The Hidden Story of American Sniper

January 30, 2015 — Leave a comment

With the release and success of the movie, American Sniper, whether they have seen the movie or not, everyone in the country, including many around the world, have strong opinions about it.

url-1Some say the movie is propaganda. Some say Chris Kyle is a murderer and a racist. Some say this is the greatest war movie of the past twenty years.

Unfortunately, most of these people have completely missed the point of the movie.

First, all war movies have a level of propaganda in them; from Band of Brothers to Saving Private Ryan, Platoon to Top Gun, and Lions for Lambs to Lone Survivor. Each one was created to cause viewers to learn and feel and do something.

Not every war movie resonates with people on such a mass scale, though. That is why American Sniper is so fascinating and worth the time to evaluate why.

It’s important to revisit the structure and purpose of a good story in order to best evaluate why this has happened.

Jonah Sachs writes from Winning the Story Wars,

“Good stories are structured just like baseballs. On the surface, we find the story’s visible elements: the setting, the characters, and the actions those characters undertake. These are the elements of stories we’ve all been familiar with since childhood. We know the cover and think we know everything there is to know. But there is so much more.

Just beneath the surface, the story finds its structure in the moral of the story. Without some kind of moral we instinctively reject a story as poorly told.

And then there’s the story’s core, hidden one layer deeper at the center of it all.

The values at the core of the myth provide its meaning and, unless we are looking for them, these values often remain hidden from our conscious minds.

Ultimately in a good story, the hero grows up.

Good stories are about healing a broken world through a life’s journey. Perhaps that was the point of the creators.

How does this apply to American Sniper?

american-sniper-bradley-cooper-sienna-miller1

Photo by Courtesy of Warner Bros. Picture

 

In the movie, we follow Chris Kyle, a boy growing up to become a man. If this were Greek mythology, the Texas cowboy would be on a journey like Odysseus, Achilles or Perseus.

What I expected going into the movie was a patriotic feeling after finishing the movie. Yes, I felt very proud of Kyle as well as those many others who have volunteered to sacrifice their lives for our nation. The movie doesn’t address the politics of the Iraq war in any major way and some people think this makes it pro-war.

Director Clint Eastwood responded to critics that the movie is all about pro-war propaganda,

“The biggest anti-war statement in any film can make is to show ‘the fact of what [war] does to the family and the people who have to go back into civilian life like Chris Kyle did,'”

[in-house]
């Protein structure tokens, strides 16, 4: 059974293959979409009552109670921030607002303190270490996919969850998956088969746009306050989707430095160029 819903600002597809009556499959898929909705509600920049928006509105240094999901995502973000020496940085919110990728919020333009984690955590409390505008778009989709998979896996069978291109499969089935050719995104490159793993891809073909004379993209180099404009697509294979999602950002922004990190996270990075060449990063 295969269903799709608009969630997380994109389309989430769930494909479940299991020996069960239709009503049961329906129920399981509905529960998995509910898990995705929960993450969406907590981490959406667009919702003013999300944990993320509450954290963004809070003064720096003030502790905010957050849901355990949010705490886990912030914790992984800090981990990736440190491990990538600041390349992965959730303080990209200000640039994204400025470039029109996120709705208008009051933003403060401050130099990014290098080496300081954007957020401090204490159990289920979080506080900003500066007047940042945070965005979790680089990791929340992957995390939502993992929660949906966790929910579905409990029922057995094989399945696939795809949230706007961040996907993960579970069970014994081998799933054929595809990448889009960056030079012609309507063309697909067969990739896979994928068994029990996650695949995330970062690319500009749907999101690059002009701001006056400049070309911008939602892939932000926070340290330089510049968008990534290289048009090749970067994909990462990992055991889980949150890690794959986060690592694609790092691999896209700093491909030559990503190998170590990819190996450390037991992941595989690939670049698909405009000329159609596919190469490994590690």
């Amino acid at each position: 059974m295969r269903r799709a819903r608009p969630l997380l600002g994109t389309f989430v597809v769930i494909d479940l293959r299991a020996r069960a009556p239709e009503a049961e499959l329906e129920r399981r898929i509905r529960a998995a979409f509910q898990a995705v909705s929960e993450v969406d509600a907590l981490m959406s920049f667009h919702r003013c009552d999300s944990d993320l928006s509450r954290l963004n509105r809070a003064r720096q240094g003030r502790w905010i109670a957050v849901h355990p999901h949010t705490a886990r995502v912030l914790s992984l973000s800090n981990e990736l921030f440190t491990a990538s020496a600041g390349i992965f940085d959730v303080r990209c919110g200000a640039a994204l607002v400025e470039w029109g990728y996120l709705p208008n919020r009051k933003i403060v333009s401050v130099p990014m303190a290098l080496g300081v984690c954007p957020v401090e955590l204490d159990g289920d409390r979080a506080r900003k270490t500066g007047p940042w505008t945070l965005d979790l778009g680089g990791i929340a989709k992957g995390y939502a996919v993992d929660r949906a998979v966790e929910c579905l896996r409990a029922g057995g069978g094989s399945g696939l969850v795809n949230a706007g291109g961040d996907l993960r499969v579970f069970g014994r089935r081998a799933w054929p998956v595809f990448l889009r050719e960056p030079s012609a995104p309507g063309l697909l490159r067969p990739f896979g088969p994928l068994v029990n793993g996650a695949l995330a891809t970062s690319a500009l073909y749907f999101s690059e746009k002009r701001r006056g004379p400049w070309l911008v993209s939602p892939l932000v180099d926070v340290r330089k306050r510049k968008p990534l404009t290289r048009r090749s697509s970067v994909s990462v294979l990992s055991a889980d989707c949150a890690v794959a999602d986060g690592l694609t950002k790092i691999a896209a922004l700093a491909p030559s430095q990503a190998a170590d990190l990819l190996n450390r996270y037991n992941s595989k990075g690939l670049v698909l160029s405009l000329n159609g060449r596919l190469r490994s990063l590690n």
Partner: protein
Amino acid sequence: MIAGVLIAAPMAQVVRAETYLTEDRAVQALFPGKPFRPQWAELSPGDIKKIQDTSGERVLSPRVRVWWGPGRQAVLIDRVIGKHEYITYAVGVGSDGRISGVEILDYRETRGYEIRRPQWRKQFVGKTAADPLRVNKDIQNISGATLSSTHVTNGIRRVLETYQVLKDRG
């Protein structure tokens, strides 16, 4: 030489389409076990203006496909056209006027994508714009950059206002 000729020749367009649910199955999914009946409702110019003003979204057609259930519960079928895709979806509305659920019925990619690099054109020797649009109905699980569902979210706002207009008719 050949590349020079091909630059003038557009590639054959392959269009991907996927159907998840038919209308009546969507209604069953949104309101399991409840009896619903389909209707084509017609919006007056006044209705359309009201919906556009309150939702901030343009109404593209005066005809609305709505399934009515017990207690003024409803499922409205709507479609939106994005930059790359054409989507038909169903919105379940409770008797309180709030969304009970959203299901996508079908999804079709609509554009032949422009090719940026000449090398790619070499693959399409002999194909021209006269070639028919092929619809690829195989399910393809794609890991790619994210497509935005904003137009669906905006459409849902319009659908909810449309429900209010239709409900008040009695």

He went on.

“One of my favorite war movies that I’ve been involved with is ‘Letters from Iwo Jima,'” he continued. “And that was about family, about being taken away from life, being sent someplace. In World War II, everybody just sort of went home and got over it. Now there is some effort to help people through it. In Chris Kyle’s case no good deed went unpunished.”

Screenwriter Jason Hall shared,

“Chris was a man who believed in something and who therefore was useful to a government that needed him to go to war. It cost him his physical health, his mental health and almost cost him his family — but Chris probably would have paid the price over and over again if he’d been asked, which is both patriotic and totally tragic.”

The biggest surprise of the movie

It was a feeling deep inside that was difficult to describe at time. The movie kept tugging at me to be a better husband and father. You leave with a feeling of wanting to do the right thing and make more of your life at the core of who you are. You get the sense that our lives are progressing toward something meaningful.

Still of Bradley Cooper and Madeleine McGraw in American Sniper (2014)

Photo by Courtesy of Warner Bros. Picture

Chris Kyle transforms in the story from being a boy to a rough cowboy, then to become a soldier, husband, father, and one wanting to help others.

To re-analyze the story structure of the movie; The surface story follows cowboy life, the soldier feeling the duty going to war, and every other fact of his life. The moral of the story is that war is glory and hell and causes incredible stress to family because of the psychological toll. The core of the story is Kyle’s journey to become a man.

It is fruitless to read another article about the movie until you have processed the core of the story. Leave the surface and moral to the pundits because they missed the big picture of what moves people.

American Sniper reminded me that often the surface themes of a movie are not enough. That is why I recommend re-reading books and re-watching movies. We can often miss the core of a story that ultimately will move us. That is why American Sniper is resonating.

The core of American Sniper is one that we are meant for a grand journey of life. It is not perfect but it is a true journey in our hearts.

 

 

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